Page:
Memories of the war are always very popular – and Ken Bailey enjoyed reading about readers’ wartime memories.
Ken, now of South Road, Drayton, wrote a book for his family depicting the experiences of a young Bosham lad growing up in the 1930s.
Below is an excerpt from the book – and pictures he has drawn – which he has sent to Down Memory Lane for readers to enjoy:
The final daylight aerial battle particularly sticks in my mind and although we didn’t know it at the time, it was to signify the last great battle to be fought over England in daylight.
The date was Sunday, September 15, 1940, and totally eclipsed all those that had gone before it.
It was a time of shear excitement and not a little anxiety for us kids. Needless to say, grown-ups who had far more to worry about, didn’t always see it through our eyes.
The day dawned bright but misty in patches and having spent the previous day at Berrymeads, today we were going to introduce some new evacuees to salt water for the first time.
With morning church over, it was a mad race to get home, have our dinner and take off over the fields on our bikes to be the first ones there.
Today, several grown-ups, including my mother, who seemed to live in an over-large straw hat at this time of year, were also coming down and we were to share a picnic with our new London families.
The tide was high and in all afternoon. For those not familiar with the area, Bosham is a tidal harbour with the water rising and falling twice a day, slightly later each time.
German planes had been over several times the previous day and dog fights had ensued, but these had been way over Portsmouth where we saw a few barrage balloons shot down.
And although the warnings had sounded, as the battle was not overhead, we got on with our swimming.
By early afternoon, most of the grown-ups had arrived and were sitting up under the trees, my mother among them.
Us kids were by now well into our swimming and enjoying ourselves when, with a tremendous roar, low overhead flew dozens of Hurricanes and Spitfires all heading out over the English Channel and climbing rapidly, no time to wave from the cockpits.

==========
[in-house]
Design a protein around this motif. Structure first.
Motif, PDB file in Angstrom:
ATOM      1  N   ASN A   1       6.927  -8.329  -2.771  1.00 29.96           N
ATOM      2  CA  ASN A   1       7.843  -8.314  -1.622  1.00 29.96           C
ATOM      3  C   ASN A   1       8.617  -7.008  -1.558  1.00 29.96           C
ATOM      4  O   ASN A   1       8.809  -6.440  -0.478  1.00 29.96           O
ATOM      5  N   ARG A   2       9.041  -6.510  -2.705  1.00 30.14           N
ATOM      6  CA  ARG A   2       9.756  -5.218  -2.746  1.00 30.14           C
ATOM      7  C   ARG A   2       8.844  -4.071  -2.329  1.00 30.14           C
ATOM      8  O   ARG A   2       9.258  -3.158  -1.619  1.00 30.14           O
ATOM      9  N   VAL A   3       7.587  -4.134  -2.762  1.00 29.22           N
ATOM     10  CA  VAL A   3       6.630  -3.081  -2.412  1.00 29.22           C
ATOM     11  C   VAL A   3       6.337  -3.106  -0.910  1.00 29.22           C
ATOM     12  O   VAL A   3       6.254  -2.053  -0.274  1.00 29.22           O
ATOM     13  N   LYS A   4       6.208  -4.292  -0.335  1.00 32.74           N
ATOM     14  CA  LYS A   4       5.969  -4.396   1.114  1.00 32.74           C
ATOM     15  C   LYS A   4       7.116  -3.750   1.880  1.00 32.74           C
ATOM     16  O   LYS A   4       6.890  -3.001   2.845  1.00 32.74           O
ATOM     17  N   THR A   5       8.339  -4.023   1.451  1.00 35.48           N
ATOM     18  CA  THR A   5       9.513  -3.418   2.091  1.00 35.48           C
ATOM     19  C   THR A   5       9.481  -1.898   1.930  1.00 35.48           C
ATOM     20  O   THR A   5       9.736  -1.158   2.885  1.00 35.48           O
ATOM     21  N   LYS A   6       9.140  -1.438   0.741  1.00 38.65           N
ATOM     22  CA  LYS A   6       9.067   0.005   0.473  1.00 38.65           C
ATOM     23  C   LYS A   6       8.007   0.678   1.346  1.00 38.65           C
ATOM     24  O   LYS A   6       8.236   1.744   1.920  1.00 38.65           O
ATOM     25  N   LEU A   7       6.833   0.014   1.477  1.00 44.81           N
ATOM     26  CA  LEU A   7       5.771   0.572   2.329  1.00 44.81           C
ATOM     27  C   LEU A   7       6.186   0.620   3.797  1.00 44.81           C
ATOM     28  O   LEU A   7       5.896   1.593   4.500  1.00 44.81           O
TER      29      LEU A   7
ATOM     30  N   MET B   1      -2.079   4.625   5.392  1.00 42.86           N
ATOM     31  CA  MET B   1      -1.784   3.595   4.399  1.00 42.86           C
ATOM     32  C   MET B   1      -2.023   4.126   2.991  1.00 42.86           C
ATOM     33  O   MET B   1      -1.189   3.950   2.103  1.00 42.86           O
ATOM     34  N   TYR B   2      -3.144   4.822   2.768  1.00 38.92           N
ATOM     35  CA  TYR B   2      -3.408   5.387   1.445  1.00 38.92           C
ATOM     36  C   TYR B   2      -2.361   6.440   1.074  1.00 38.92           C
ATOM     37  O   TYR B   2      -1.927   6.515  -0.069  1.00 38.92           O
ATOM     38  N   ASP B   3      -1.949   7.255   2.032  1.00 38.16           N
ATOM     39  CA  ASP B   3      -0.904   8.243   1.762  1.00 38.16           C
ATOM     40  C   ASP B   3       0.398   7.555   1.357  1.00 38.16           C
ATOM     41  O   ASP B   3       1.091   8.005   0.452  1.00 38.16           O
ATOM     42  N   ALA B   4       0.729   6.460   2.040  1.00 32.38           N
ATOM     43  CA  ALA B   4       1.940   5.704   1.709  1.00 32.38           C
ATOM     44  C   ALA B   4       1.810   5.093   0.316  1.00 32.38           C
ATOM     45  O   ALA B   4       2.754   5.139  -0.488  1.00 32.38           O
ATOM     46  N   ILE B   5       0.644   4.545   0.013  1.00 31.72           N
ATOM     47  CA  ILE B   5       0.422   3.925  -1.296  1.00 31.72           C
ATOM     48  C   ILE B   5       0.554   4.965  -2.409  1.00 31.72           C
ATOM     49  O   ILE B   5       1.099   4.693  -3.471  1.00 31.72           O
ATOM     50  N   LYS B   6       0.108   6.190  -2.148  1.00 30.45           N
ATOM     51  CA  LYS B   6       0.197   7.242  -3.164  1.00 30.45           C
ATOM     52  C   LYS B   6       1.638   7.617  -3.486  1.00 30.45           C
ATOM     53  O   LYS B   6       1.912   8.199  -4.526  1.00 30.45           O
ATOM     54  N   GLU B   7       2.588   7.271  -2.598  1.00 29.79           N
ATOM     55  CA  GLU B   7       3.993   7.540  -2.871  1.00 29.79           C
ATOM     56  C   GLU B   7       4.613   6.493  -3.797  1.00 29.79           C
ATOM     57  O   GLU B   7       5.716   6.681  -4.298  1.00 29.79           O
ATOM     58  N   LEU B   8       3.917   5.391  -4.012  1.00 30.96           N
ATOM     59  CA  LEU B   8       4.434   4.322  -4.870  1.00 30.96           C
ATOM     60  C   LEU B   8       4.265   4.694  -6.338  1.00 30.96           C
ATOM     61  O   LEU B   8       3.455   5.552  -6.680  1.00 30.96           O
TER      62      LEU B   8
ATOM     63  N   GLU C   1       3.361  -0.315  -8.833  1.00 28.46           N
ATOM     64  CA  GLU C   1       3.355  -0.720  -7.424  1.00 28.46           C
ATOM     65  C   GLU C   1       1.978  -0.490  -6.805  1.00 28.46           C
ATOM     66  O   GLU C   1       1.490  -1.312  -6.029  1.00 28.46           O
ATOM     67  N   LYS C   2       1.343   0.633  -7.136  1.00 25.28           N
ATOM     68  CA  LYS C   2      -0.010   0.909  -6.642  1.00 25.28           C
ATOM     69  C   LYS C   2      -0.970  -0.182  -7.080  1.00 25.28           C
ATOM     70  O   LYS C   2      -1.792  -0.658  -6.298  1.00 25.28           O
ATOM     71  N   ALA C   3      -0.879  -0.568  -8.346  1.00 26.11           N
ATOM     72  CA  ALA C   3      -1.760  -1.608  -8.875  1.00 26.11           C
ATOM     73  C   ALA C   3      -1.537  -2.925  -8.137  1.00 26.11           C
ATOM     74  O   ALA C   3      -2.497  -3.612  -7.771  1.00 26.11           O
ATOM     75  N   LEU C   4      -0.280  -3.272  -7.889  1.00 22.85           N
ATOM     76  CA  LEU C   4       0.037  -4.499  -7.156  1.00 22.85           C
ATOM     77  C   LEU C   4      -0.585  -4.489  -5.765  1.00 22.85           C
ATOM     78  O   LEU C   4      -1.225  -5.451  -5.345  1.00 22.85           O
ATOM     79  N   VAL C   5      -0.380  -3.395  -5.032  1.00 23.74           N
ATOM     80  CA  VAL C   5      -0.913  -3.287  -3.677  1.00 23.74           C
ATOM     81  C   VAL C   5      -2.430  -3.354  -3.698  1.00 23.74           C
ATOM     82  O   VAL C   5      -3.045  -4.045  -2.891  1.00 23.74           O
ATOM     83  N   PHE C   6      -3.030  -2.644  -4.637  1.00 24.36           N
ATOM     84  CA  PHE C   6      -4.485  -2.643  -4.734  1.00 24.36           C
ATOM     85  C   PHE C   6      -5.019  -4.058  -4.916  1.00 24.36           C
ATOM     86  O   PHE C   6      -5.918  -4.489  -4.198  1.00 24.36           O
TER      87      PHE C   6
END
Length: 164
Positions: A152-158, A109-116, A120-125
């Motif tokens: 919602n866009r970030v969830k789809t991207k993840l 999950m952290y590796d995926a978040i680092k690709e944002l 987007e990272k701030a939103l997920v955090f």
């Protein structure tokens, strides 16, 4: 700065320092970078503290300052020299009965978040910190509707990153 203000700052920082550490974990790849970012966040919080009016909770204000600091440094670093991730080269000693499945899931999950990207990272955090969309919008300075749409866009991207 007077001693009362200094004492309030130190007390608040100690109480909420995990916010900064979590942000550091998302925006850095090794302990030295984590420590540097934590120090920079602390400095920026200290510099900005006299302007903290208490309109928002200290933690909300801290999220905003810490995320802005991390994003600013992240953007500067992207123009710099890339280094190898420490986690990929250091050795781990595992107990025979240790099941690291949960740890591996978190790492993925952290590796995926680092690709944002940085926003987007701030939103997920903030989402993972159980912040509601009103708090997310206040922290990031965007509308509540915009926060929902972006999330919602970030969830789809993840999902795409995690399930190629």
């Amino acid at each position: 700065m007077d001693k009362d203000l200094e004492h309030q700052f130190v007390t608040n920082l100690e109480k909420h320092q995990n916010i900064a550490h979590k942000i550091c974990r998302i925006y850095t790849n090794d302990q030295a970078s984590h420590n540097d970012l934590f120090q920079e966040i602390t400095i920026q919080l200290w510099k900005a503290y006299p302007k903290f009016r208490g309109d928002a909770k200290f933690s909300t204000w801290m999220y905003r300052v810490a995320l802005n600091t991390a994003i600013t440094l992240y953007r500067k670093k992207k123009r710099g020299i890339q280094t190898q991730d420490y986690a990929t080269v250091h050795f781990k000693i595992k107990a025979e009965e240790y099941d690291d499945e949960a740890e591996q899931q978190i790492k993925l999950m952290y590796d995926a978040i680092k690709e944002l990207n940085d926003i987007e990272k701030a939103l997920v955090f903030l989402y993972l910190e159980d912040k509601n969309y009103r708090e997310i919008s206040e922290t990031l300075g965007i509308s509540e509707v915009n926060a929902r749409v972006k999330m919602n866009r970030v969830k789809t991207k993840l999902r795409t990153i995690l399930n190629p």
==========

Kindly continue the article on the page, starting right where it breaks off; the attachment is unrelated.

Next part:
Almost immediately came the wail of the air-raid sirens.
We had guessed what was about to happen, but we were having too good a time to bother about air raids.
Suddenly, within minutes, the sky was filled with diving, weaving planes, their engines roaring, and it was a job to tell the Germans from the British.
There was the heavy staccato rattle of machine gun and cannon fire and the tell-tale scream of dive bombers.
Suddenly, there was the swish of bullets hitting the water in spurts all around us. No, they weren’t aiming at us, but there were stray over-shots from the battle above.
Then with a terrible noise, right in front of us was a German plane on fire and about to crash.
When it hit the ground, there was a big explosion and the heat from it singed our hair and eyebrows.
I could hear my mother screaming to us children to come in and get under cover.
She claimed after that I had rudely said ‘Get under your hat’, but this I don’t remember!
The battle we had witnessed was a sight never to be missed and one which will stay in my memory forever.
But suddenly it was all over and deathly quiet. Around us were huge fires burning with thick black smoke, and now and again, there would be an enormous explosion which shook the ground when a bomb exploded somewhere.
Without waiting to dry ourselves, we were all soon dressed and on our bikes heading for the nearest crash site.
We were first on the scene which was on the site of a farmyard. We had already decided among us it was an ME 110, which carried two crew.
It was just a smoking ruin – as so many other crash sites had been which we had visited before – with bits scattered over a wide area.
Having seen this one go straight down, we knew what to expect.
One thing I never got over was the awful pungent smell at these crashes – it was overpowering. Grown-ups said it was the smell of death, but we thought maybe they were just trying to put us off.
Soon we were searching among the wreckage as Reg had come up with a partly-burned case filled with what looked like maps.
Now and again, there was a crack and fizz as a round of bullets went off. It didn’t sound too healthy so I moved further away and came across a brand-new shiny boot which had straps on it.
On taking it over to the others we realised there was something inside so we loosened the straps and shook it. Out fell part of a lower leg and a stockinged foot.
This put us off a bit, but the boot was too good a souvenir to throw away, so we kept it.
There was nothing here worth taking and as the local police had arrived, we took off for the next crash site which was, in fact, nearer home.
A fascinating recollection. And Ken adds: The story in the Observer of the German plane crashing into the Bognor gas holder had a sequel in that one of the gas engineers climbed up and rescued the crew safely, for which he was awarded the GM.